India Emerges As Tesla's Go-To For Auto Components In Move Away From China

As Tesla shifts focus from China, Indian auto parts manufacturers are becoming their go-to suppliers. Understanding the situation, Tesla is even ready to shell out more bucks for this transition. This move isn’t just a business strategy; it’s a clear sign that the electric car giant is keen on diversifying its supply chain.

What Happened? According to a report by The Mint, in the fiscal year 2022-23, about 30 component manufacturers in India, which includes both homegrown firms and international companies with Indian operations, sold parts worth $135 million-$150 million to Tesla.

This list includes big players like Sona Comstar, Tata AutoComp Systems Ltd, and Bharat Forge Ltd, among others. While details of their dealings are under wraps due to confidentiality agreements, the numbers speak volumes about Tesla’s growing interest in Indian suppliers.

Commerce and Industry Minister Piyush Goyal revealed that Tesla’s auto parts procurement from India amounted to nearly $1 billion in 2022, with expectations to double this year. Goyal’s recent visit to Tesla's Fremont facility coincides with India's consideration of a new electric vehicle (EV) policy. This policy might lower import duties on EVs, provided companies like Tesla invest in local manufacturing.

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Why it matters? Tesla’s strategy isn't just about diversifying away from China. It’s also about adapting to the global economic landscape. The U.S. has hefty tariffs on numerous Chinese-made goods, although some car parts are exempt. Yet, Tesla is actively seeking to reduce its reliance on China, a move spurred by ongoing geopolitical tensions.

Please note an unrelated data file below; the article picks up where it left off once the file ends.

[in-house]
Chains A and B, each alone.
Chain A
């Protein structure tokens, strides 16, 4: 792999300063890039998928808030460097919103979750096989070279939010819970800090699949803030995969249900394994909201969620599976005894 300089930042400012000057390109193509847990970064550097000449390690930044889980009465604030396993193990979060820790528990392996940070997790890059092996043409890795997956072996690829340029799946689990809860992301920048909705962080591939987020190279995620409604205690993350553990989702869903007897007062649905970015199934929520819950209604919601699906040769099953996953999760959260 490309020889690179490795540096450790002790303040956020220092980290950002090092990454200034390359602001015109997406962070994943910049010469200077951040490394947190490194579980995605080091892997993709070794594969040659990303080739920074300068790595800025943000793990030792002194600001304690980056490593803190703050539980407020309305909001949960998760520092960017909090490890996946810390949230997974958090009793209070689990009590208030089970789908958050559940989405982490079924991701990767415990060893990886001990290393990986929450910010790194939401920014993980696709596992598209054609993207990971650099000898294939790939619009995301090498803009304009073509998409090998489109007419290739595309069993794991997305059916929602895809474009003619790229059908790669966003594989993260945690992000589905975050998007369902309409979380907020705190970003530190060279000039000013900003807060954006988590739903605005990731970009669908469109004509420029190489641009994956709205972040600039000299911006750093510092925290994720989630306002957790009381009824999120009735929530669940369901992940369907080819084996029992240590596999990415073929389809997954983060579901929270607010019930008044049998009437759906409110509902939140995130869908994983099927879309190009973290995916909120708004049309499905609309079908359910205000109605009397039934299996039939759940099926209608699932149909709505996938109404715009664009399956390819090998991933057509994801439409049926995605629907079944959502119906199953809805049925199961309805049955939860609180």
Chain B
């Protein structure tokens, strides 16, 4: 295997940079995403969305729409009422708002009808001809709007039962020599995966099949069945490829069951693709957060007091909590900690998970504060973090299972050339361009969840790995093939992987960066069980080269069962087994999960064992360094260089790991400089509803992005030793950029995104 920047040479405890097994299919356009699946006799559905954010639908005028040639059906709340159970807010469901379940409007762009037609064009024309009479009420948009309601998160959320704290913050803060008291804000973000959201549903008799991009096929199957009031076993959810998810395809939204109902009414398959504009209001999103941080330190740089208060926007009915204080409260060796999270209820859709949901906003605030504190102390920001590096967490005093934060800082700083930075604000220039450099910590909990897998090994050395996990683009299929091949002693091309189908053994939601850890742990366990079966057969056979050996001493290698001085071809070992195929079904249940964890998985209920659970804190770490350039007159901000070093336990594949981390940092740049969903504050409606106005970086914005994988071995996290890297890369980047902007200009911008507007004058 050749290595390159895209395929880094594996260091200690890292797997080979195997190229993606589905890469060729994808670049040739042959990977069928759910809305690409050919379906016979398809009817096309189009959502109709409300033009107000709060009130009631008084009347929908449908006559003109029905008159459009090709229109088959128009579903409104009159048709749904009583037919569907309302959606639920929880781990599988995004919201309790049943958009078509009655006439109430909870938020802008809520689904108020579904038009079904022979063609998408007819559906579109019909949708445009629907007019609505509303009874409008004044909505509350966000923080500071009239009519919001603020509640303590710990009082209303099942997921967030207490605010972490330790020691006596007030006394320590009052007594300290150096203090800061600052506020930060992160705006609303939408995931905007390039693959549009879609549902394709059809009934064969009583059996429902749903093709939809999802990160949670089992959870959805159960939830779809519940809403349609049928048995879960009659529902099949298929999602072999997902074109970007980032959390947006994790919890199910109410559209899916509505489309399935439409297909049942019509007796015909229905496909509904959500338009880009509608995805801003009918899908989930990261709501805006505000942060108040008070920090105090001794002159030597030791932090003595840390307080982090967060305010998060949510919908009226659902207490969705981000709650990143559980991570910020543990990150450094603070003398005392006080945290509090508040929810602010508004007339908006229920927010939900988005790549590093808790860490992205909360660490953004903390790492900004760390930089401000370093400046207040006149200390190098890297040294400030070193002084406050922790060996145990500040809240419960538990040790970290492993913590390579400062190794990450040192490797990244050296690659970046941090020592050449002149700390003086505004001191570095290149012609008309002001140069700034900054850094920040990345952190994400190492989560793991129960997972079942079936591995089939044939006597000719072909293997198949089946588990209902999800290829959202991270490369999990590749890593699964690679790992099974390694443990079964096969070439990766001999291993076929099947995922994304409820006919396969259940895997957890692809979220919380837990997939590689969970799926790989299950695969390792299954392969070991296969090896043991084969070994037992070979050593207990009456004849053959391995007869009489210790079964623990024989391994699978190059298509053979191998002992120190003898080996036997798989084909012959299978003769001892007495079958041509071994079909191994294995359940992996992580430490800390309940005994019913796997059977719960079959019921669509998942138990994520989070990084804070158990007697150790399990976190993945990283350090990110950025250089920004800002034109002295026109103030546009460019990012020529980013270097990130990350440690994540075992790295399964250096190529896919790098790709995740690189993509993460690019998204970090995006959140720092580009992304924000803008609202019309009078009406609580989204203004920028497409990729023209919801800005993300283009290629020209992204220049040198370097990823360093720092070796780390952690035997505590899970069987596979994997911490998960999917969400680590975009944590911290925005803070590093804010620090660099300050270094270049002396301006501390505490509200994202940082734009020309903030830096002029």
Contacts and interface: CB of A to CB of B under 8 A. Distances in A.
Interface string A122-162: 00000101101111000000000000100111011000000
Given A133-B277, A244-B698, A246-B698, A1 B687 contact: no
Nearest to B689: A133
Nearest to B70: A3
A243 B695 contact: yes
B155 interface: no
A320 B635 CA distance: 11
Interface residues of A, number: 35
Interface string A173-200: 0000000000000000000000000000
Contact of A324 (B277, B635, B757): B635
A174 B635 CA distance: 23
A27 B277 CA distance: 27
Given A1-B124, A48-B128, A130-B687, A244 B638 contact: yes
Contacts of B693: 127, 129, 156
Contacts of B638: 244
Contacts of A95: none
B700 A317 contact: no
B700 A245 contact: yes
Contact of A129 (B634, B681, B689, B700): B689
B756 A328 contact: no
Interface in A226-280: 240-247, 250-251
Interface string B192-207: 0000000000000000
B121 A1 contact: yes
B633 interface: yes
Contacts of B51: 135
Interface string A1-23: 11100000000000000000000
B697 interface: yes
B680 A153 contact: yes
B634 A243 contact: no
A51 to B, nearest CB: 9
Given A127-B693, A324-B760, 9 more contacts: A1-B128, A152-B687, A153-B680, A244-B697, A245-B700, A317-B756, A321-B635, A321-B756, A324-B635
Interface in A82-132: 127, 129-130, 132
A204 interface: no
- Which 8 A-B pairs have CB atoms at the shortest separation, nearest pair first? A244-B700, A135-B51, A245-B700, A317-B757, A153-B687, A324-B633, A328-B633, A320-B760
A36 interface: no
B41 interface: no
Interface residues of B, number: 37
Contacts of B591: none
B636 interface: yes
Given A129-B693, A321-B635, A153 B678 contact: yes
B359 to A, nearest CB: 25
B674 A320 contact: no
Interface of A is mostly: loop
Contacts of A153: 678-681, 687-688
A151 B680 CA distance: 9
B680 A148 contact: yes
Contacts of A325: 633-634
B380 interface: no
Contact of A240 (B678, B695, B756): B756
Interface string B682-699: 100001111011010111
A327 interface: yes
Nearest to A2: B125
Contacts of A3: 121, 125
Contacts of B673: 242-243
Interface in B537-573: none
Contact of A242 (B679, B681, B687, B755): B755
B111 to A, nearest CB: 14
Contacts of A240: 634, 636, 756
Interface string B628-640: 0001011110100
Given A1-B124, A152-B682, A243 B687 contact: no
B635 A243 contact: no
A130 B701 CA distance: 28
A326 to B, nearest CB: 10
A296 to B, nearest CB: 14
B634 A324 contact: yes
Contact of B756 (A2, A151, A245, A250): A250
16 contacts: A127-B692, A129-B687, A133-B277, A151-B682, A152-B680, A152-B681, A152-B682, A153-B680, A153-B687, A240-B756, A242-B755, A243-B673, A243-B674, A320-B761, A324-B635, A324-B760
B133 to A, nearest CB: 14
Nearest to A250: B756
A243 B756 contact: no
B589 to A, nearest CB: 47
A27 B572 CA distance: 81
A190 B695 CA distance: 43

A Tesla supplier speaking to Mint noted that while India can’t beat China’s low raw material costs, Tesla recognizes this and is willing to pay more for quality. Another supplier pointed out the increasing volumes of Tesla's orders, especially with their focus on the Cybertruck.

India’s government is all for this change. They’re eyeing a role for the country as a global hub for green mobility solutions. A new EV policy might soon reduce import duties for foreign EV makers like Tesla, making India an even more attractive manufacturing base. This policy might cut duties for EVs priced between $25,000 and $35,000 to 15%-30%, provided these companies start local production within a few years.

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